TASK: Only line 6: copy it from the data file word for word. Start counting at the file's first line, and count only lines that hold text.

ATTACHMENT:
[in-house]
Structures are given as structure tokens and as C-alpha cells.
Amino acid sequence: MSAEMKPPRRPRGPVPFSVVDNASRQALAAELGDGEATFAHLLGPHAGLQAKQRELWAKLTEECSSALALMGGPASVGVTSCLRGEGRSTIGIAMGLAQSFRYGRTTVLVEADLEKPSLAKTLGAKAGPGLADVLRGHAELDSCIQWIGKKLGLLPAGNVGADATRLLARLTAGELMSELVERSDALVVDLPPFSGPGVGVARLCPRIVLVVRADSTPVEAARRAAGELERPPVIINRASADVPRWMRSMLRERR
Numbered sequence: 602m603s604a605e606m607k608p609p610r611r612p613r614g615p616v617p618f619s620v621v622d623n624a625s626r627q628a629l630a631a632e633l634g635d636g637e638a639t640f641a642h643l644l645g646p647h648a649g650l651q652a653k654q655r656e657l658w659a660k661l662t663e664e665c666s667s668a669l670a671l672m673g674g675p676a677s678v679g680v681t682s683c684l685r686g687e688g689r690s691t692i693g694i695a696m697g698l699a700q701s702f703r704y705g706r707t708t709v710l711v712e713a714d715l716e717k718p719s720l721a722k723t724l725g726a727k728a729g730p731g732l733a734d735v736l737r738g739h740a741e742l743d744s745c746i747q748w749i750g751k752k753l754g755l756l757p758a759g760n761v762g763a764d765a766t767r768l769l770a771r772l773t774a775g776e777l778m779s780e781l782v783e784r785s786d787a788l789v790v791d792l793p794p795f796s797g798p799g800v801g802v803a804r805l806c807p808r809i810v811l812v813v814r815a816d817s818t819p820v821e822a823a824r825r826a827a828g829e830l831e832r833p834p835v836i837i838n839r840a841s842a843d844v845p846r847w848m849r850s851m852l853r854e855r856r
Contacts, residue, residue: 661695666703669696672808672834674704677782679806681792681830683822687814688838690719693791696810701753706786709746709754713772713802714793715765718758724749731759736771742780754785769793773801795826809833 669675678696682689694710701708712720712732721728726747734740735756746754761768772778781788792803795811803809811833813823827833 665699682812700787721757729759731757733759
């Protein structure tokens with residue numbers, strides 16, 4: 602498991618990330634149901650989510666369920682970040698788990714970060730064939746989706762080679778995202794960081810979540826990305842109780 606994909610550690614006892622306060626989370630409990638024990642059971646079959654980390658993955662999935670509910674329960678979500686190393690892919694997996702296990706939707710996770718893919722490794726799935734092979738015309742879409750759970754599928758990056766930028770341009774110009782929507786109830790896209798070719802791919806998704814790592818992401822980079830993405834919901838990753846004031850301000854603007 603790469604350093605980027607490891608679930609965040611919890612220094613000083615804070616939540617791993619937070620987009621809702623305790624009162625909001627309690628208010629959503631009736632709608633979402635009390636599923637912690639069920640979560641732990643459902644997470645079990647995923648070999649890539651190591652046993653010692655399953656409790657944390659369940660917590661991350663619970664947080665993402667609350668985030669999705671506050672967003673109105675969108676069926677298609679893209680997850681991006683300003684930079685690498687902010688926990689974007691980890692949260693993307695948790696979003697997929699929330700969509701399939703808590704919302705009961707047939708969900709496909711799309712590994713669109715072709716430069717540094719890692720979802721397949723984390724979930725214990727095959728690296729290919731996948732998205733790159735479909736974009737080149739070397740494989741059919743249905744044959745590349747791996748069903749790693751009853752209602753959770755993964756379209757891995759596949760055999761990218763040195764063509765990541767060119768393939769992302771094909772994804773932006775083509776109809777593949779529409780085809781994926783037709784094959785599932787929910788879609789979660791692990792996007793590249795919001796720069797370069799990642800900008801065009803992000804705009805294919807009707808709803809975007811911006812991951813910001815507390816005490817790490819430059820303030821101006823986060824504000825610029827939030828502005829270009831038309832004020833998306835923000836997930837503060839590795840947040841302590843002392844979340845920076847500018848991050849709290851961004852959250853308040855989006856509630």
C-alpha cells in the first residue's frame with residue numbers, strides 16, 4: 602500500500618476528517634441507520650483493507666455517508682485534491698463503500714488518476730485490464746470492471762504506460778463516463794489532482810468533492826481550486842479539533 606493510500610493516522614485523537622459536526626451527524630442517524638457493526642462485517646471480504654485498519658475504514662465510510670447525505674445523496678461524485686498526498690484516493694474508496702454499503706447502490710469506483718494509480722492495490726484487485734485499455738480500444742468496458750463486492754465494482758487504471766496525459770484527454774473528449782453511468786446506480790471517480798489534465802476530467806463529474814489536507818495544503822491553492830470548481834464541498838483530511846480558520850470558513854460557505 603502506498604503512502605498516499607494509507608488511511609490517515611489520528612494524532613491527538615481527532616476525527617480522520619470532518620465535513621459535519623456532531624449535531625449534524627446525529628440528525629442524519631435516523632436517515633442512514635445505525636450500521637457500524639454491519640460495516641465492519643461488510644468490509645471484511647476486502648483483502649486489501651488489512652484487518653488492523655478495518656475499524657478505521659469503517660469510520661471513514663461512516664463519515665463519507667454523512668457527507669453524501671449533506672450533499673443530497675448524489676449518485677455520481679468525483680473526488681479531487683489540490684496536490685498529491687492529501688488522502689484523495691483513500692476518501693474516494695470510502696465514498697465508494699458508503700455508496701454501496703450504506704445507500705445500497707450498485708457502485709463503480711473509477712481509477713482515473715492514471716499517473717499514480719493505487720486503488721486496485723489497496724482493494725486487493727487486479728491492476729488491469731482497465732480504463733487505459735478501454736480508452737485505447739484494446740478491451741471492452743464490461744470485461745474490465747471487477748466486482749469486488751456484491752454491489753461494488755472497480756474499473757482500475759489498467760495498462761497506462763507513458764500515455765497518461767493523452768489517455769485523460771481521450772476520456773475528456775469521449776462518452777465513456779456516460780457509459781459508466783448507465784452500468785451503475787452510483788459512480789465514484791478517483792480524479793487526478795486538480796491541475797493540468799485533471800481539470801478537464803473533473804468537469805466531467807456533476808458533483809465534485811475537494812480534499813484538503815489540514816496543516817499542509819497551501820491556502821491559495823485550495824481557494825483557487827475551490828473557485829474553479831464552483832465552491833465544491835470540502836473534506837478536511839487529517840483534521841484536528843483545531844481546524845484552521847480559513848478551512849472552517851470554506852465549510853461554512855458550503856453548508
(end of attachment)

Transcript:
């Protein structure tokens with residue numbers, strides 16, 4: 602498991618990330634149901650989510666369920682970040698788990714970060730064939746989706762080679778995202794960081810979540826990305842109780 606994909610550690614006892622306060626989370630409990638024990642059971646079959654980390658993955662999935670509910674329960678979500686190393690892919694997996702296990706939707710996770718893919722490794726799935734092979738015309742879409750759970754599928758990056766930028770341009774110009782929507786109830790896209798070719802791919806998704814790592818992401822980079830993405834919901838990753846004031850301000854603007 603790469604350093605980027607490891608679930609965040611919890612220094613000083615804070616939540617791993619937070620987009621809702623305790624009162625909001627309690628208010629959503631009736632709608633979402635009390636599923637912690639069920640979560641732990643459902644997470645079990647995923648070999649890539651190591652046993653010692655399953656409790657944390659369940660917590661991350663619970664947080665993402667609350668985030669999705671506050672967003673109105675969108676069926677298609679893209680997850681991006683300003684930079685690498687902010688926990689974007691980890692949260693993307695948790696979003697997929699929330700969509701399939703808590704919302705009961707047939708969900709496909711799309712590994713669109715072709716430069717540094719890692720979802721397949723984390724979930725214990727095959728690296729290919731996948732998205733790159735479909736974009737080149739070397740494989741059919743249905744044959745590349747791996748069903749790693751009853752209602753959770755993964756379209757891995759596949760055999761990218763040195764063509765990541767060119768393939769992302771094909772994804773932006775083509776109809777593949779529409780085809781994926783037709784094959785599932787929910788879609789979660791692990792996007793590249795919001796720069797370069799990642800900008801065009803992000804705009805294919807009707808709803809975007811911006812991951813910001815507390816005490817790490819430059820303030821101006823986060824504000825610029827939030828502005829270009831038309832004020833998306835923000836997930837503060839590795840947040841302590843002392844979340845920076847500018848991050849709290851961004852959250853308040855989006856509630």